Tuesday, 13 December 2016

Lovely things to do #5: Go to Newcastle Allotment Show

An empty fairground, just before the show opened.
Today's lovely thing to do, is an oldie but a goodie. It's nearly three months since we went to the 15th annual Newcastle Allotment Show, but if you think about it we're actually closer to the next one that you'll be able to attend than we would be if I'd written this up the next day, so basically this post is still relevant and totally worth me writing up. You may never have been to an allotment show before in which case you are totally missing out. Let the pictures of insane veg commence!

Veg as far as the eye would care to see
We attended this thing once before, four years back. I was badly hungover and found all the giant vegetables sort of threatening. This year I was in a much better clip and it was going to take more than a mutant-sized cauliflower to put me off my stride. Whereas in the past the thing was held at the Civic Centre, this year it was in Leazes Park. Apart from allowing for all sorts of outdoorsy activities, like a fun fair, circus acts and what have you, having the actual allotment show in the middle of a green space felt apt. Good one, Council. It cost £3 to get in. You can hardly buy a decent kick in the nuts for £3 nowadays, what with the crash in the pound and Brexit and everything, so I'm calling this a bargain.

There's been a leek
In the north we seem to get obsessed by competing to grow just a few things. At the Harrogate Flower Show there were more variations of daffodils than I could actually believe. How anyone was meant to figure out which was the grand champion daff was beyond me. It seems that the leek performs this role in the shadowy world of competitive veg. Someone needs to come up with a theory to explain this, something about the narcissism of small differences. I wonder if Freud had northern leek-slingers in mind when he came up with that? Anyway, never mind Freud, look at all these leeks, it's mental! Which is the best? Which leek is the most heroic, worthy and fabulous?

This one, that's which. Just look at that girthy big bastard with its perfect blanching and its emerald leaves in splendid formation. Well, hellooo there, you sexy little bitch of a leek! Twit-twoo! Etc. Actually there was none of that type of chat at the event, just lots of people looking at it and nodding to themselves, as if they knew they were in the presence of greatness. I kept my thoughts to myself so as not to appear weird or get arrested, like normal.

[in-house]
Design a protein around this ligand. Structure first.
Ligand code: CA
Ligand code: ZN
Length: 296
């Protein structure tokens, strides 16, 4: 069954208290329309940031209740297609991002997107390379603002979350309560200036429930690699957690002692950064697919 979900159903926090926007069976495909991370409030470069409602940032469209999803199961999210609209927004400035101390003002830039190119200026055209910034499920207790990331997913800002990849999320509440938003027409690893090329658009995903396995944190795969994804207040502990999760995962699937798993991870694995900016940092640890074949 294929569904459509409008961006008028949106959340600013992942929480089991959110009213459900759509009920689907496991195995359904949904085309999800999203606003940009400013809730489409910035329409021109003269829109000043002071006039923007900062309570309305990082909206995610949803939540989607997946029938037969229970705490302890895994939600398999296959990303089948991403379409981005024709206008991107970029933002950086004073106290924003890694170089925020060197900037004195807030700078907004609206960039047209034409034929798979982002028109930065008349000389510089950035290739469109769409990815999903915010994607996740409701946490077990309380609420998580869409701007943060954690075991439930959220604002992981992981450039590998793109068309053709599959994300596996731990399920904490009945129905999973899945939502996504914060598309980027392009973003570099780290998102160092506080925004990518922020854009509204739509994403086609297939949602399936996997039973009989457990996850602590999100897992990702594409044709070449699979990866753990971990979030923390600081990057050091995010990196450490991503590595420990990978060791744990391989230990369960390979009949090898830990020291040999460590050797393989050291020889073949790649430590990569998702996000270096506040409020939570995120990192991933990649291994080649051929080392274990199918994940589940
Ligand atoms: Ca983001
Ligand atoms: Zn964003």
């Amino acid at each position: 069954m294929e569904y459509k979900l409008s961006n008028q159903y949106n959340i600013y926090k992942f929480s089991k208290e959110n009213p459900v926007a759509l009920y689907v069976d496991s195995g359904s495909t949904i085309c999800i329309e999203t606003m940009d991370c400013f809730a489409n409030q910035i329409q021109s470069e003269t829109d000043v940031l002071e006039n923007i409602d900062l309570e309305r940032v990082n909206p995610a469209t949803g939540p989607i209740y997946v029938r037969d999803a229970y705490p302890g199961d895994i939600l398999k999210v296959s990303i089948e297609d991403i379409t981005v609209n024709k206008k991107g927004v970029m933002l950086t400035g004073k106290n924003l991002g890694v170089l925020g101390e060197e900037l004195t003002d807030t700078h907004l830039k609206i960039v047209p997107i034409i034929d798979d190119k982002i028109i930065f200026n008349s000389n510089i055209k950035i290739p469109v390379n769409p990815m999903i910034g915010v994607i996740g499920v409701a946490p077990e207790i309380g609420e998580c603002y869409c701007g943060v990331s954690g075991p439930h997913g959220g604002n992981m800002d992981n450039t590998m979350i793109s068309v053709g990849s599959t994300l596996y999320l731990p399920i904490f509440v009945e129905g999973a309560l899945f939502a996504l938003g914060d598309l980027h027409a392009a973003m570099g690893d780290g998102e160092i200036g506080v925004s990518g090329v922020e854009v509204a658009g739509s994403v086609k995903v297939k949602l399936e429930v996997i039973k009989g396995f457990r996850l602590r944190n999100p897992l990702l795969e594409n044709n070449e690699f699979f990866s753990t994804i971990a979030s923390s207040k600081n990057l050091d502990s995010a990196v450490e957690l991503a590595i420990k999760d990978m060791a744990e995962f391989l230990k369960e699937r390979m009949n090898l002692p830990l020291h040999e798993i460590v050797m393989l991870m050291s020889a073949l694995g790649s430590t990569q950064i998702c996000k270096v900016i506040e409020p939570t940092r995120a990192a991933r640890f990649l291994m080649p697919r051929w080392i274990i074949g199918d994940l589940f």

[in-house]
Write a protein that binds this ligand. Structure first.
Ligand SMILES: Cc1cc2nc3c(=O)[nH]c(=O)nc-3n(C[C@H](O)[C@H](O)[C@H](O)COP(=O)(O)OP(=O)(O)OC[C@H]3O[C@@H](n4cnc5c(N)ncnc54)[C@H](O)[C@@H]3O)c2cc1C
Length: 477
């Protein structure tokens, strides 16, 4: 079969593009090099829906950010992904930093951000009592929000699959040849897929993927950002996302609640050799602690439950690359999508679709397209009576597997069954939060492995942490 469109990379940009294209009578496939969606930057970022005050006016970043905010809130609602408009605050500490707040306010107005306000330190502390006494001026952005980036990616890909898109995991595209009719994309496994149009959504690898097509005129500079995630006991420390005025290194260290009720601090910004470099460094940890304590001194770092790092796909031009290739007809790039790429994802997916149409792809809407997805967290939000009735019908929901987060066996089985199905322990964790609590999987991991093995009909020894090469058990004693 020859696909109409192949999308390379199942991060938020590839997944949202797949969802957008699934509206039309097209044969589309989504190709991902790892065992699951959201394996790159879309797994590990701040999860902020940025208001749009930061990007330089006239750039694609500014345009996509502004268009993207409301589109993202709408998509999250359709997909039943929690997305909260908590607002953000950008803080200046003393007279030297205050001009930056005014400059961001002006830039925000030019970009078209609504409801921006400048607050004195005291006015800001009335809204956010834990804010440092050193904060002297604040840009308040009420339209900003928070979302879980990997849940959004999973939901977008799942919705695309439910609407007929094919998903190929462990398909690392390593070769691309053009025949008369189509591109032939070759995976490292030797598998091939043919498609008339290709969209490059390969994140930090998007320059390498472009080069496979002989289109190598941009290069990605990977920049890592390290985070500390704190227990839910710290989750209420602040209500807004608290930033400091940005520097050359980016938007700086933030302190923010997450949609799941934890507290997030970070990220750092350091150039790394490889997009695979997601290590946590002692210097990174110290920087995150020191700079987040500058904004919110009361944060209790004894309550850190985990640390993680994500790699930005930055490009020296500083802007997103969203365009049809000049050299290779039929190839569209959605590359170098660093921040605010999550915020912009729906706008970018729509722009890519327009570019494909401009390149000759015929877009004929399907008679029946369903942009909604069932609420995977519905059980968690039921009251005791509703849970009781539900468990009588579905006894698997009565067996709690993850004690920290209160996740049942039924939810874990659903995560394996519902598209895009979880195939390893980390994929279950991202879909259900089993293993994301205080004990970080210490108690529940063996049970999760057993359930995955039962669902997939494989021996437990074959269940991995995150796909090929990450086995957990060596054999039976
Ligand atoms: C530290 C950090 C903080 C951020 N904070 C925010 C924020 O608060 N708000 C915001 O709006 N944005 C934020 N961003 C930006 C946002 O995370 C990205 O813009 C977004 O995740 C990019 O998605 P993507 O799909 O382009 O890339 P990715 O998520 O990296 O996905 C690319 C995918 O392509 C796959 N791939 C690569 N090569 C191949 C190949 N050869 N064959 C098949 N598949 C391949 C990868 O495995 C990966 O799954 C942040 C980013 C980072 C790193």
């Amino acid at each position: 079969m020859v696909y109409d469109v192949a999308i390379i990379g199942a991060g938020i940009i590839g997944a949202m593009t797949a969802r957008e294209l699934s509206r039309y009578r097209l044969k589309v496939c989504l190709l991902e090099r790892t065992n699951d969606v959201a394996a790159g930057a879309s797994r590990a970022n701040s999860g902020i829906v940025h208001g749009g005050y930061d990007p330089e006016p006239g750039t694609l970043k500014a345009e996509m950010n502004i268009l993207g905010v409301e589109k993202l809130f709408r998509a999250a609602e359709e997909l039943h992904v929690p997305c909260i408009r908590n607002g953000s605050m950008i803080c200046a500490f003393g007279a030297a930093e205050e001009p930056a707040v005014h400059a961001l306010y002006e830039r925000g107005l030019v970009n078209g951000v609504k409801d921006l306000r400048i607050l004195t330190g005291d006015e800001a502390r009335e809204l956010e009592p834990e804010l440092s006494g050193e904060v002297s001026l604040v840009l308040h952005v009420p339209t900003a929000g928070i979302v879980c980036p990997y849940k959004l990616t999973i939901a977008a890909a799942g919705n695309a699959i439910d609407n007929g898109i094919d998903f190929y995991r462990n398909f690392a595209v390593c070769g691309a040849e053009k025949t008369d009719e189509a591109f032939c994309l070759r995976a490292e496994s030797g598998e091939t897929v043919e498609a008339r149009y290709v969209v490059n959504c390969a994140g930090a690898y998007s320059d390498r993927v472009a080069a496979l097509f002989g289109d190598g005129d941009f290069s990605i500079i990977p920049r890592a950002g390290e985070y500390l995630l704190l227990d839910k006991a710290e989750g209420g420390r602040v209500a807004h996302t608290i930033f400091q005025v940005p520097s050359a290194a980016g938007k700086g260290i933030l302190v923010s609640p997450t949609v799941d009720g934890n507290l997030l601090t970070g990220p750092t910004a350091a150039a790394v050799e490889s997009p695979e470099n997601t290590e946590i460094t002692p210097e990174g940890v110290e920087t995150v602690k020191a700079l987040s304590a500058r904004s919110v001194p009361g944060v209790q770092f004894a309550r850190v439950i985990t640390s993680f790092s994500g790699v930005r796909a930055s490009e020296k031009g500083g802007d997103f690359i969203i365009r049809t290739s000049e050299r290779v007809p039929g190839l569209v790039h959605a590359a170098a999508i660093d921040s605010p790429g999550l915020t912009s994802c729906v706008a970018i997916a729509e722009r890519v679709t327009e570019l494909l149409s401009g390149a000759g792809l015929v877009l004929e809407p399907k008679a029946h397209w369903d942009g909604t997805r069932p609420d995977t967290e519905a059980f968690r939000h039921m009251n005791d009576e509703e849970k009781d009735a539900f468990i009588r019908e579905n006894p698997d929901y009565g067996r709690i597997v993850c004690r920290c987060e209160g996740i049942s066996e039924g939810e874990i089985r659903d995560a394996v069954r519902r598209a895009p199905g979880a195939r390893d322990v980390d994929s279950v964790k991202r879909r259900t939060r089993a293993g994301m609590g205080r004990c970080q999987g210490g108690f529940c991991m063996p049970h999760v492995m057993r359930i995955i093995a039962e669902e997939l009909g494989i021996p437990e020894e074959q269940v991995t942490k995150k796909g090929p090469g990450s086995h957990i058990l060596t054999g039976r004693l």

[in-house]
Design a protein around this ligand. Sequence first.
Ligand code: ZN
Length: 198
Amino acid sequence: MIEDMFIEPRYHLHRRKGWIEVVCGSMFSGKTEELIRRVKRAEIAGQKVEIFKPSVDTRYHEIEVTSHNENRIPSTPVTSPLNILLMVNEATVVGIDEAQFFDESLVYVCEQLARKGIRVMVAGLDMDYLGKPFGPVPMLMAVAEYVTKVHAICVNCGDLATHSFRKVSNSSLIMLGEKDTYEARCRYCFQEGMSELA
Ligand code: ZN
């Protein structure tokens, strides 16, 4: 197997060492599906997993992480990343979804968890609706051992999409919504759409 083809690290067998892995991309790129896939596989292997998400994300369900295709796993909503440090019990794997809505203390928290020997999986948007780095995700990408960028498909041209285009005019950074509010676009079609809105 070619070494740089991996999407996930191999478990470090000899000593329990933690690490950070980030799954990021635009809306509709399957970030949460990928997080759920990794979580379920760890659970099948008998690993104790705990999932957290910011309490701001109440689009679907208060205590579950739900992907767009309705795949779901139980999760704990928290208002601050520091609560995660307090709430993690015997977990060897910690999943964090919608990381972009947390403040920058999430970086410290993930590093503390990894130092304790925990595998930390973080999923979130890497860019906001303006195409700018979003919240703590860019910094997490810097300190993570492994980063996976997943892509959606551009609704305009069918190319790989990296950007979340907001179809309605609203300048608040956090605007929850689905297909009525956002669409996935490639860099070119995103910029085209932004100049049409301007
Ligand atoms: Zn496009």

Away from the leeks, I particularly enjoyed the "Arrangement" category. This one came third, but I liked it best for its naturalistically arranged riot of colour and variety of produce.

Oceanic White-Tips
Look at these bloody cabbage. How do they do it? How do they keep them so free of slug and other similar damage? The patterns of their capacious leaves reminded me of breaking waves in a vast ocean, such as the Atlantic or maybe the Pacific, which, if you think about it, is quite an achievement for a cabbage. You don't get that from the ones in Lidl.

I don't know what the fuck this was all about. I hope it was by a child because if not there's a sick and devious mind on the loose. It freaked me out. Nil points. It's got a spring onion shoved up its arse, for Christs sake. Shit ain't right, not even slightly.

The competition
Obviously as we were wandering about we had the occasional thought about whether there were any categories we could actually enter next time, and I think there is. That pumpkin, top right? It won the biggest pumpkin award.

Here's Kasia with a pic of our crop a couple of weeks before harvest. We just grew these suckers without trying to get really big ones. What could we achieve if we actually put our minds to it? Next year we'll find out. I want to get on that goddamn podium!

As well as all the fruit and veg to admire there was another tent with all manner of food, nature and outdoors-related stalls. I made a bee-line for a couple of food stalls I've been meaning to hit up for a while at this type of thing but always missed.

Northumbrian Smokehouse
Steve Peart runs Northumbrian Smokehouse and everything that I tried was flat-out delicious. Steve admitted to having ruined an awful lot perfectly good food in trying to figure out recipes for all his products. The mushroom pâté was wonderful,as were his smoked cheeses and the smoked black pud. In each case the smoke added something to the flavour of the thing in question, rather than batter it into submission. You can go and check him out at the Jesmond Food Market on Armstrong Bridge, this Saturday (17th Dec) for some last minute gifts.

Pete's Proper Pease Pudding
I'd always been a bit dube about the idea of a gourmet pease pudding product, but I was bang wrong, as Pete's stuff is great. Both the cheesey one and the Marmite one use a tangy extra flavour to add something to the calm steadiness of the main ingredient. Highly recommended. 

As, indeed, is the whole Allotment Show. We had a fine morning. If you're interested at all in growing stuff you will too, so watch out for it next year. Even if you're not, just come and gawp at the stuff, it'll do you good to get out of the house. One final note of happiness and optimism- Benwell Allotments (Bo! Shout out!) won most improved site, which filled me with all manner of pride.

Lovely thing to do rating: I'm going for an 8. If we win the pumpkin thing next year I'll change that to a 10. Is that a bribe? Damn straight.


  1. To be honest I've never understood the show judging either and am always amazed that taste never comes into it, There again to keep things pest free probably mean spray, spray and spray so maybe the judges daren;y eat anything!

    1. Funny business isn't it. Totally removed from what we do on our plot. Apart from with regards to next year's pumpkin crop...


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